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When Does Scoliosis Require Surgery?


For parents hearing their child has a diagnosis of scoliosis, the first question is usually—what comes next?  

The answer depends on many factors. First, it’s important to define exactly what scoliosis is and how it can affect a person.  

What is Scoliosis?

Scoliosis is the curvature of the spine that is most often diagnosed in adolescents. The providers at Gillette Children’s will diagnose scoliosis by performing a physical exam and taking an x-ray of the spine. 

Through the x-ray, healthcare providers can see if a child’s spine looks like an “S” or a “C”, instead of a straight line. Medical experts say a slight curve in the spine may be common, but a spinal curve of 10 degrees or greater is a characteristic of scoliosis. 

There are 3 main types of scoliosis:

  • Idiopathic Scoliosis: a type of scoliosis in which we are still not sure why the curvature occurs 
  • Neuromuscular Scoliosis: this type of scoliosis is associated with other conditions such as cerebral palsy, spina bifida, muscular dystrophy or spinal muscular atrophy, which lead to imbalances in the muscles that support the spine  
  • Congenital Scoliosis: which is relatively rare and is the result of abnormal spinal developments before birth 

What Are Some Scoliosis Treatment Options?

The goal of any treatment is to stop the curve from getting worse. In many cases of scoliosis, surgery is not needed if you are diagnosed at an early age and receive proper care. Patients with mild scoliosis, where the spine is no longer growing, can participate in typical activities with no limitations regarding sports or physical exercise.   

When Is Scoliosis Surgery Needed?

Patients with more significant curves are at a higher likelihood of their curves continuing to progress throughout adulthood. This can be more difficult to correct and have an impact on the quality of life. If the curvature of the spine is 45 degrees or more, you will need to consider surgery. There are two surgery optionsspinal fusion and vertebral body tethering.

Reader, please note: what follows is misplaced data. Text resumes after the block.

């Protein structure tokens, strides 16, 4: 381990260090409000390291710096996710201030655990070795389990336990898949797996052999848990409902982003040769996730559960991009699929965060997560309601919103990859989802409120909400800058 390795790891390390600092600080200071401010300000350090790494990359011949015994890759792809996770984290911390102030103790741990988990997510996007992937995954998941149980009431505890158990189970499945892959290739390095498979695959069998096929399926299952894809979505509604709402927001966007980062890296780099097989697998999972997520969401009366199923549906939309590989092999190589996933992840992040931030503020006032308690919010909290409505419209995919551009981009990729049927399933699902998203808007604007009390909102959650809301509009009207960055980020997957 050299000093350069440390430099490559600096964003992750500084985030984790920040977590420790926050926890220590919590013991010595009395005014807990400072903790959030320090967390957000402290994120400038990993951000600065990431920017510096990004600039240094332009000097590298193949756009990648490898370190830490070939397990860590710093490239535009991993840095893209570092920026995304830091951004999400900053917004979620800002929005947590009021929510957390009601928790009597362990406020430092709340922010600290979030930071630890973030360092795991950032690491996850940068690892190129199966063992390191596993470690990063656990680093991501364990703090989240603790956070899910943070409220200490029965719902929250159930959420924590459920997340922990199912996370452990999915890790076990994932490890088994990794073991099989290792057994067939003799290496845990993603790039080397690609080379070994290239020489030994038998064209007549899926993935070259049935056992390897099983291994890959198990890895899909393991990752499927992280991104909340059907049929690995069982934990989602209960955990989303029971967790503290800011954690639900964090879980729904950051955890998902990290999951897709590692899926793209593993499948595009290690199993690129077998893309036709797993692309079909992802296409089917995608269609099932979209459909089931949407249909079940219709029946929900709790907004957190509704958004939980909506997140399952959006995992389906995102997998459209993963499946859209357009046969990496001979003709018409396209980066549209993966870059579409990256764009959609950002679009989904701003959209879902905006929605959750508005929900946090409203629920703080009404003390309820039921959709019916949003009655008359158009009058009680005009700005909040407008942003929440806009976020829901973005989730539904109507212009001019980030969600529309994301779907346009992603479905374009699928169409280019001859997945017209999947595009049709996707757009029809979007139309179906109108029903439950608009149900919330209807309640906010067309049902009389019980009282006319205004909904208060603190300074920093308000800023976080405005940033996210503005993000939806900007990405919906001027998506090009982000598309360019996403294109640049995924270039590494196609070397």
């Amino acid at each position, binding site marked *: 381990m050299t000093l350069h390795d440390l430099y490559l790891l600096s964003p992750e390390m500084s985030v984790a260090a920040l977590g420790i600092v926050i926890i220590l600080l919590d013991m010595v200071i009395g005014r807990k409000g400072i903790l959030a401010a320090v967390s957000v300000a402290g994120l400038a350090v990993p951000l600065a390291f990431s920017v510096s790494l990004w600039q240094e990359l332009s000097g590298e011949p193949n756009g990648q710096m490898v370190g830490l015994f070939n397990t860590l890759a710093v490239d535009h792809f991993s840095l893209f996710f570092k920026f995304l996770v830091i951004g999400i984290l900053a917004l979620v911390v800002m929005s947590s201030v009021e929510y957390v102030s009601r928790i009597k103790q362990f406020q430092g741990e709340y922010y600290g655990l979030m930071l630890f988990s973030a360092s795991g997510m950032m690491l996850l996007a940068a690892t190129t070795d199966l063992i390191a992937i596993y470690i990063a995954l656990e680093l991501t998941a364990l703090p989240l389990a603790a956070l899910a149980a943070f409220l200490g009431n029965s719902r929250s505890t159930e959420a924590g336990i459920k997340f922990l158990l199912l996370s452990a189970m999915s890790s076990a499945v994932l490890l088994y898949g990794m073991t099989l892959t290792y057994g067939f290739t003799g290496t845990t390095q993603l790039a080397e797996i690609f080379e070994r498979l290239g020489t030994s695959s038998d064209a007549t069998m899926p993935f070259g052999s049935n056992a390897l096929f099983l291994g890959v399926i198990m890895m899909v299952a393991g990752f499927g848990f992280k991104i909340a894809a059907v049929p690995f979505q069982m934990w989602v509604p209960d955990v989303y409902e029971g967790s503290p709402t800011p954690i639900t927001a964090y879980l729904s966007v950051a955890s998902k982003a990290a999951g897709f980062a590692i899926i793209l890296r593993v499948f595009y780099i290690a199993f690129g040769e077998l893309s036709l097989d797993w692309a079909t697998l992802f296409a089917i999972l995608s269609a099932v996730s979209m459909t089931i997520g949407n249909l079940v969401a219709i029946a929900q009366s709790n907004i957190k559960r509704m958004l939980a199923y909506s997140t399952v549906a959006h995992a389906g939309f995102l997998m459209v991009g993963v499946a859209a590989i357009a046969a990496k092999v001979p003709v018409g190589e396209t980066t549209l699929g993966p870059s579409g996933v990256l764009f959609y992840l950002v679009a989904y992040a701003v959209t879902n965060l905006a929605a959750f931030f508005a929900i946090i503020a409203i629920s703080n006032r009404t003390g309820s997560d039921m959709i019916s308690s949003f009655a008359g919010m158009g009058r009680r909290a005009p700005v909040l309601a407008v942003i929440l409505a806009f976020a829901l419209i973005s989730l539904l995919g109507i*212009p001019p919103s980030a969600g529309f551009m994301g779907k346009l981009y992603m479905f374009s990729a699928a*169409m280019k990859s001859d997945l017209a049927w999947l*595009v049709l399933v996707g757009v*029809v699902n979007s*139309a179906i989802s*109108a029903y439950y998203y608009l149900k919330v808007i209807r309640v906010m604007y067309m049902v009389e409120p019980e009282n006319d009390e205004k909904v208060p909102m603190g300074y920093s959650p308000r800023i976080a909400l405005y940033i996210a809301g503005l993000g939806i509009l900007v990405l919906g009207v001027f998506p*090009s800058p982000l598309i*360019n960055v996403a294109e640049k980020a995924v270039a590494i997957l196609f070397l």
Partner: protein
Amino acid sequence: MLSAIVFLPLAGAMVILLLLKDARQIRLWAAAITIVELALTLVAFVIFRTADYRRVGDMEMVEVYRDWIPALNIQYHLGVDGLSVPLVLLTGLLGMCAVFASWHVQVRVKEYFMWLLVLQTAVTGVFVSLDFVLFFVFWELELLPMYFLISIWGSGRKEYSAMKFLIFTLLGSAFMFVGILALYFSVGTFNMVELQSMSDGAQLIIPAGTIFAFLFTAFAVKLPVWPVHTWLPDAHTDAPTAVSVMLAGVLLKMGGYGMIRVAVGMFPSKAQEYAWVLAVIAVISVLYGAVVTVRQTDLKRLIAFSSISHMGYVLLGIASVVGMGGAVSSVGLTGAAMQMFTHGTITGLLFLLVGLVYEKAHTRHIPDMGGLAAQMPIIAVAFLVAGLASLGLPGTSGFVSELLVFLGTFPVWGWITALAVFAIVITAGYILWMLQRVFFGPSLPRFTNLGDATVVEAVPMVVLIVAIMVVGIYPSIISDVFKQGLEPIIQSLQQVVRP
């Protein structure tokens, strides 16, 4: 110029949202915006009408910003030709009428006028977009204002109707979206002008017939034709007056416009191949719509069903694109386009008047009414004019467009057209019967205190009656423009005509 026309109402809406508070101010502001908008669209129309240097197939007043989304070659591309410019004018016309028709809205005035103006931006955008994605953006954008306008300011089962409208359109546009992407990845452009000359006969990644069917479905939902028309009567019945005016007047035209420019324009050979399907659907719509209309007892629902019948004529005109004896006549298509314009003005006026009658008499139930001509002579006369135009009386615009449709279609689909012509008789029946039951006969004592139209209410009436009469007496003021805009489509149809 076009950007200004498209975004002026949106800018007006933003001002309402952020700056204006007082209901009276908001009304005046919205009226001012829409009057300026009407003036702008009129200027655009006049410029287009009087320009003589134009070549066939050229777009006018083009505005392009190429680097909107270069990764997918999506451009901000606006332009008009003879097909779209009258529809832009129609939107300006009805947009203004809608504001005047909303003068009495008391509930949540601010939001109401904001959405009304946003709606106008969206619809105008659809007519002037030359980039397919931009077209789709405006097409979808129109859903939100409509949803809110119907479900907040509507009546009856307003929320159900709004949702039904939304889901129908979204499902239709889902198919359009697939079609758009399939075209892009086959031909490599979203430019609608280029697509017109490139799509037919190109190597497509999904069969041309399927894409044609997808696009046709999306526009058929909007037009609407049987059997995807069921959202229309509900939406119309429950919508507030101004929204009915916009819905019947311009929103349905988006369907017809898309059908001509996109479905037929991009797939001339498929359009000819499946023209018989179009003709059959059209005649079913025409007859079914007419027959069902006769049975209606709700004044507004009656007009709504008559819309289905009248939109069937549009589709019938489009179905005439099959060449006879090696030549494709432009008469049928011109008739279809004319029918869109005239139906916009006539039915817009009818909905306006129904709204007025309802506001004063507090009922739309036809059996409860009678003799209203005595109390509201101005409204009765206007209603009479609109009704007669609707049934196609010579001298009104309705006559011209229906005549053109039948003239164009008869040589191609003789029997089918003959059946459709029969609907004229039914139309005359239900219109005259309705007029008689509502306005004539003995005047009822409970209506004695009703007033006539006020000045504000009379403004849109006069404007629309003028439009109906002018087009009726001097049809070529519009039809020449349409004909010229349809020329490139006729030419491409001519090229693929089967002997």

Spinal fusion joins two or more individual bones to make one unit. This is done in two different ways; posterior fusion surgery and anterior fusion surgery. Posterior fusion surgery is the most common scoliosis surgery, where surgeons can correct most curves by going through a patient’s back. They attach screws or anchors to the bones of the curves and connect the anchors with smooth rods. Then, they move the spine into a straighter position. Another fusion surgery option is anterior fusion surgery. This is where surgeons can stop some curves from progressing by fusing the front of the spine. Occasionally, they insert screws and a smooth rod to hold the spine in place.   

Back braces used for scoliosis.

Vertebral body tethering is used to control the body’s growth to correct the spine without the need for spinal fusion surgery. This surgery requires not only spine surgeons but also general surgeons to work together to help. Surgeons do this by making a small cut either to the chest or the stomach. Then, they put screws in the outside part of the curved bones in the back and connect them with a tether.  

The tether is tightened in a way that slows down the growth of the outside part of the curve but still allows the inside part to keep growing. This is important because the body's natural growth can help straighten the curve over time. Because this surgery's success is dependent on spine growth, the patient needs to meet very specific criteria to be a candidate for this surgery.   

Magnetically Controlled Growing Rods are another option. Surgeons can use special rods that are controlled by magnets to help a child's spine grow. These rods are surgically put in the spine and can be lengthened slightly every few months. This can be done with a remote control outside the body. The purpose of these rods is to let the spine keep growing while avoiding the need for many surgeries and stopping the curve from getting worse.  

Scoliosis can range from mild to severe. Whether your child has a small curve and is generally healthy or has more complicated health issues, the skilled experts at Gillette are here to help take care of your child's spine condition.